DAD'S GET IN #FORMATION
It’s A Celebration...
As a Black Father, I wanted to write a blog and commemorate this month, which was started to celebrate prominent and important African Americans. The origin of Black History Month can be traced back to September of 1915 when Carter G. Woodson and Minister Jessee E. Moorland founded the Association for the Study of Negro Life and History (ASNLH). However, it wasn’t until 1926 when that initiative would gain greater traction after the ASNLH sponsored a National Negro History Week. The week has since grown to a full month (no pun intended) thanks to the Civil Rights Movement (in the 1960’s). The no pun is because Black History Month is during the shortest month of the year, February. However, as I conclude this history overview, I should also share the month of February was selected because the birthdays of both Abraham Lincoln and Frederick Douglass are in this month. I can live with this reasoning...
My daughter is still to young for me to currently share with her in a meaningful way the history of what Black people have contributed to this country. At this time what’s more important and relevant to me is to acknowledge the Black Father of today.
*Most of you who have read any of my blogs know my platform is about celebrating ALL FATHERS in general, so I appreciate you giving me this moment to speak to and on behalf of the Black Dads.*
(2019 + PC = PREFACE)
To all of my Black Fathers who have accepted the call to Fatherhood, let me say thank you for being in #Formation!
I walk in the skin of a black man daily, and I understand the stereotypes first hand that plague Black Fatherhood (I won’t repeat them here, but do know they are not affirming). When I scroll through Instagram and Facebook and see you all posting pictures of you with every tooth in your mouth showing while your son or daughter is straddled around your neck or strapped in their car seats in the background of your car selfies, I smile. I want to encourage you to keep posting those pictures (although they may be grainy, out of focus, and confusing filter choices, I still give them a like or thumbs up), we need those pictures!
Hear me on this one Black Dads, your photos of you and your children on social media combats the stereotypes one post at a time. Don’t get me wrong, I’m not only talking about the stereotypes that some media outlets have perpetuated or other stereotypes that have lingered in our disjointed society, but I’m addressing the stereotypes perceived by other black men, that fathering is not for them.
Your pictures and more importantly your presence shows them the possibilities they have to father successfully! I know from first hand experience the importance of seeing positive imagery of fathering, especially from someone who looks like you. I’m thankful for my father and his presence in my life, but I often attribute additional credit to Pastor John Girton for his example. Pastor G. (or Girton as I sometimes call him) was one of my college professors who became a mentor and friend of mine. During the time Girton and I worked together, I got the chance to see him father his three children up close and personal. Girton is a no-nonsense, compassionate, deliberate dad! I saw in him, what was possible in me!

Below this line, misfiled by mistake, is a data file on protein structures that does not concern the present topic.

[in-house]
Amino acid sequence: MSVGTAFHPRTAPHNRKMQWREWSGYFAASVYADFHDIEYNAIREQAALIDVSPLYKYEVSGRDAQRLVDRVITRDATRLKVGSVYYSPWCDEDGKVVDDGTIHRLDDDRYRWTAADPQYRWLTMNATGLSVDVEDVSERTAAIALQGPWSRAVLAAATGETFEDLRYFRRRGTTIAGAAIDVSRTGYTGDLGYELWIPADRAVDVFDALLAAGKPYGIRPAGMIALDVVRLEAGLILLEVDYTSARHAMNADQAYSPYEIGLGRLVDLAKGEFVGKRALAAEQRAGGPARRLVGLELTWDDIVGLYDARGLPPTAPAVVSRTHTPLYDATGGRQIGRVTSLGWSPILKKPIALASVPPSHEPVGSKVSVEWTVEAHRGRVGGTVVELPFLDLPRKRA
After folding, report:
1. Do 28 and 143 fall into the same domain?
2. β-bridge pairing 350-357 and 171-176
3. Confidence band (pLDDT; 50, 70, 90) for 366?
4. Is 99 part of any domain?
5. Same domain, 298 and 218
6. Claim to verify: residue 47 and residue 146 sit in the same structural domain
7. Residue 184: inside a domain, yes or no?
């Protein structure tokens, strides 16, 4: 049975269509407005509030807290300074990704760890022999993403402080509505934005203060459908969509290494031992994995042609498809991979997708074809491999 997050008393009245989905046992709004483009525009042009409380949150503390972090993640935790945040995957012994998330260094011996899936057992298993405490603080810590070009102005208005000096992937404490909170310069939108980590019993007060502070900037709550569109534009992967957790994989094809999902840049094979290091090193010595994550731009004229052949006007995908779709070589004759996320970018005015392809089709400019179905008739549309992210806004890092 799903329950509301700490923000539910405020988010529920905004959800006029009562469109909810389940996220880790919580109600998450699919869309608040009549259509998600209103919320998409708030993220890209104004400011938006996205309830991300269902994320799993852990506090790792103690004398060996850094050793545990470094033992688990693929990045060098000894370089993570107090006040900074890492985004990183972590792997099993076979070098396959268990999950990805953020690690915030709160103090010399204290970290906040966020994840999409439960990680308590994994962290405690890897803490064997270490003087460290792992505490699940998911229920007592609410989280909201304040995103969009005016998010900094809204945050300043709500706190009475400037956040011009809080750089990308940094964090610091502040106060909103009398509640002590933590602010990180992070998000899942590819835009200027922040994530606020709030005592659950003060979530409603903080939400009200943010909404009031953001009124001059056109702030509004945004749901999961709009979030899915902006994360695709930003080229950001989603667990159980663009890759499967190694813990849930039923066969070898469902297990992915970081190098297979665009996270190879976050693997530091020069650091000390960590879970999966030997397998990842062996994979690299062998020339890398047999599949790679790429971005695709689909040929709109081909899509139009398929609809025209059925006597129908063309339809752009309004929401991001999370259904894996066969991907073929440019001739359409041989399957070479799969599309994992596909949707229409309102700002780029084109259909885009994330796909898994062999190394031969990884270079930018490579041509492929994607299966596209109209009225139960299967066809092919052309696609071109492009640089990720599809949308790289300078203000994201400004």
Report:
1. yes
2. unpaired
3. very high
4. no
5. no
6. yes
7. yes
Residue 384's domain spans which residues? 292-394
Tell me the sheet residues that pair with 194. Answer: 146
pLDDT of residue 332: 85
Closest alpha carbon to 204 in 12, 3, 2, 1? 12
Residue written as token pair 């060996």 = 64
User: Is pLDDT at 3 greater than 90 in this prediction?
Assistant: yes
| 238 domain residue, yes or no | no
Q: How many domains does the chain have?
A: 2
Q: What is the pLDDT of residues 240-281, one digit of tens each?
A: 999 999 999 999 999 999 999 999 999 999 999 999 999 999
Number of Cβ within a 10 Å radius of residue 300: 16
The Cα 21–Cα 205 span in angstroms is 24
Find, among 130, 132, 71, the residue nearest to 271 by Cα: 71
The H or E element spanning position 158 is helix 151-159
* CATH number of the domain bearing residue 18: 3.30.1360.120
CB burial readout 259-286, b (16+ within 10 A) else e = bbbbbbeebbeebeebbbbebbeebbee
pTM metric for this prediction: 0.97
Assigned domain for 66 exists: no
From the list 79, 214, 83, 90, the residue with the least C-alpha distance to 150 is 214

One of the things I’m most excited about are the opportunities my daughter will have to travel the world and learn about people from many different walks of life as well as their history. With that said, it’s also imperative that I share with her the history that Black folks have contributed to the United States of America. As a father of a daughter, I also have the critical responsibility to share with her the achievements of women in this country of all ethnicities. Can we all just shout hooray, for the simple fact that I won’t have to turn over boulders to find women who have cracked glass ceilings in the 21st century. Luckily for me, I’ll be able to do a quick google search, or reference books like She Persisted: 13 American Women Who Changed the World that skillfully illustrates women of many different backgrounds who have contributed to the world. I’m also blessed that my daughter can turn to either of her grandmothers who daily redefine possibilities for women in our family, her aunt who is an entrepreneur and dream chaser, and her mom who is a jack of all trades while also *Mastering the one of her choice (<3).
I would like to invite and encourage All Fathers (Black, White, Asian, Latino… ALL) to commit to making this world a better place, by sharing the perspective of others with their children. Teach them to love all people!
HAPPY BLACK HISTORY MONTH!
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